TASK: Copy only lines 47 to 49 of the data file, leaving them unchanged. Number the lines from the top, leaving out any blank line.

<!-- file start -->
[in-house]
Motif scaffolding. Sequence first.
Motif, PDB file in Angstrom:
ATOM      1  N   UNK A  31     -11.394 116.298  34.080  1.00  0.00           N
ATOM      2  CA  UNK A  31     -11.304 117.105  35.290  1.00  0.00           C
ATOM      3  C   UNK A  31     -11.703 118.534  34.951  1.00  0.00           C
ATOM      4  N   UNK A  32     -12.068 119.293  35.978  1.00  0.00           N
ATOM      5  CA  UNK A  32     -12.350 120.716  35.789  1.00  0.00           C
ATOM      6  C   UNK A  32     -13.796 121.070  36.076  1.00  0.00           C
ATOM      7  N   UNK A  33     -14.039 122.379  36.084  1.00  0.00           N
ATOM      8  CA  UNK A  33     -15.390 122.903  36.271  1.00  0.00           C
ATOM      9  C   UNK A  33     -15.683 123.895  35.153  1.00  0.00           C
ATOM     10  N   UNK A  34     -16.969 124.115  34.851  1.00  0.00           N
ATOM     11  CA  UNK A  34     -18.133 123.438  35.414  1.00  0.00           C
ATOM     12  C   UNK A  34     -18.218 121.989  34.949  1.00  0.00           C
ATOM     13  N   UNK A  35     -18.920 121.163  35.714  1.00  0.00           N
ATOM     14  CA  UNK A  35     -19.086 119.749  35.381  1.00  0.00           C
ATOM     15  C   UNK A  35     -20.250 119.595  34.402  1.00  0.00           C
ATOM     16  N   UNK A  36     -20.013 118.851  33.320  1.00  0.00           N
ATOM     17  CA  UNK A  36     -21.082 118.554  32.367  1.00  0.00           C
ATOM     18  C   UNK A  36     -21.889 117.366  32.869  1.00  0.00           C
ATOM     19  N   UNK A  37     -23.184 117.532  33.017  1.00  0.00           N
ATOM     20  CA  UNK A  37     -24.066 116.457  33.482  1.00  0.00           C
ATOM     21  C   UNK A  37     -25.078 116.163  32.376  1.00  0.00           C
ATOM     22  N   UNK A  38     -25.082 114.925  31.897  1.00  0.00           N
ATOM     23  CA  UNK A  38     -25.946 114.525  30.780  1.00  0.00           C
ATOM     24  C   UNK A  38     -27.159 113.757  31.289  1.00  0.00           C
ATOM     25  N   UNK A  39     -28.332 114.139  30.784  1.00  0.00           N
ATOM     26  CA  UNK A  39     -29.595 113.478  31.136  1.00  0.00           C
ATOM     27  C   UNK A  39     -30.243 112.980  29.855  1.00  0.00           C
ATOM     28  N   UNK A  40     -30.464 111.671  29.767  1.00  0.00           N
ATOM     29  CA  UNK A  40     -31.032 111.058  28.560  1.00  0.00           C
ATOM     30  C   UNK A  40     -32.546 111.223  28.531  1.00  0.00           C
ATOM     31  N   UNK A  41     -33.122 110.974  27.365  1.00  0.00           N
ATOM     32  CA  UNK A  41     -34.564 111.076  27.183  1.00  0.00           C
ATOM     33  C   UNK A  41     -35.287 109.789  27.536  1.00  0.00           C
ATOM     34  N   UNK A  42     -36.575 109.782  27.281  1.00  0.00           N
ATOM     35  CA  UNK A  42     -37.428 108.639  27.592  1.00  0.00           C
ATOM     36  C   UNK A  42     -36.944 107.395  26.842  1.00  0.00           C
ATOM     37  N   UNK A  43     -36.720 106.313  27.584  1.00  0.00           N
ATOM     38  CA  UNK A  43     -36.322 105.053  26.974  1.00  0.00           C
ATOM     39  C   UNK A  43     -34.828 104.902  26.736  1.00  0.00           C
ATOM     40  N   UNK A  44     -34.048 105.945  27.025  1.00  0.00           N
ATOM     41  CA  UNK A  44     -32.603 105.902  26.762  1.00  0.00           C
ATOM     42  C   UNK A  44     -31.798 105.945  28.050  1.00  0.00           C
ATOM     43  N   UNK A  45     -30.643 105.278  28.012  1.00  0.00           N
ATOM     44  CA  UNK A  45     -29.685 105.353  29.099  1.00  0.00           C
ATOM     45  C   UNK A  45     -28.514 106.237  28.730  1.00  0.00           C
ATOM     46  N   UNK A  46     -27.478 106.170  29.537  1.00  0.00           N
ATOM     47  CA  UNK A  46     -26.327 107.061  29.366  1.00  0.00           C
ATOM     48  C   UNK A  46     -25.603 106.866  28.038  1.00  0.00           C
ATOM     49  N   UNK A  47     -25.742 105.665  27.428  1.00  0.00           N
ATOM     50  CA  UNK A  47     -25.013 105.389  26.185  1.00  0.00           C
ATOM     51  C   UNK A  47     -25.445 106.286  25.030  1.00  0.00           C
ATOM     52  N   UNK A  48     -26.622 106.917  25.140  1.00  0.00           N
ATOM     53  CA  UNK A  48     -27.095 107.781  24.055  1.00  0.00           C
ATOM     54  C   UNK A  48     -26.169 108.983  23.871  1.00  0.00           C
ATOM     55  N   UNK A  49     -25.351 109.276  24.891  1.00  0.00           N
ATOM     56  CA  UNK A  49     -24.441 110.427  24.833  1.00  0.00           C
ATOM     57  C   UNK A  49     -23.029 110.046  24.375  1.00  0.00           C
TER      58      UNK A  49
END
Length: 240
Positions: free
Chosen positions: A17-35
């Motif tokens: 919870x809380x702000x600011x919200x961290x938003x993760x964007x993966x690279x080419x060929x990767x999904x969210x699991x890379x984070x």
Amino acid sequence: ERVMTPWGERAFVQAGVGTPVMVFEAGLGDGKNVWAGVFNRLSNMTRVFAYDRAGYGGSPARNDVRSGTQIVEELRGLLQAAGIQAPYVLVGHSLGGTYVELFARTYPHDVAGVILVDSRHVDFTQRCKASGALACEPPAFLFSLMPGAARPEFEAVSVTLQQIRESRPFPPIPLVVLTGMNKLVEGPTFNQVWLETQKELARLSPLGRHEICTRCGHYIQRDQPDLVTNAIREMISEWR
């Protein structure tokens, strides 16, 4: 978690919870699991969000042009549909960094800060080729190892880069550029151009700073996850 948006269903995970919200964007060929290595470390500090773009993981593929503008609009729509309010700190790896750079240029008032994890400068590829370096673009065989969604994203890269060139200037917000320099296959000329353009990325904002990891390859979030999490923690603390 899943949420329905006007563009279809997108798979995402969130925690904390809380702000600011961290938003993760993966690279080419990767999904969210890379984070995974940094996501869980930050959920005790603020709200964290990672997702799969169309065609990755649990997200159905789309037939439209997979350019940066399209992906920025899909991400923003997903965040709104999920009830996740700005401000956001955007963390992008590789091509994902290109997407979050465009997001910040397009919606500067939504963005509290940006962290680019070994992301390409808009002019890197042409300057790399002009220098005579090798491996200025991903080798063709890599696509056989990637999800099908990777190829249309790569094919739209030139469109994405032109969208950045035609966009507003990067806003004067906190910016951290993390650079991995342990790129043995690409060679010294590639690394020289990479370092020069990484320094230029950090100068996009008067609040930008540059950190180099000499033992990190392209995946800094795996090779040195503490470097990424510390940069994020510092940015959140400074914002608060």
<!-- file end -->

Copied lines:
ATOM     44  CA  UNK A  45     -29.685 105.353  29.099  1.00  0.00           C
ATOM     45  C   UNK A  45     -28.514 106.237  28.730  1.00  0.00           C
ATOM     46  N   UNK A  46     -27.478 106.170  29.537  1.00  0.00           N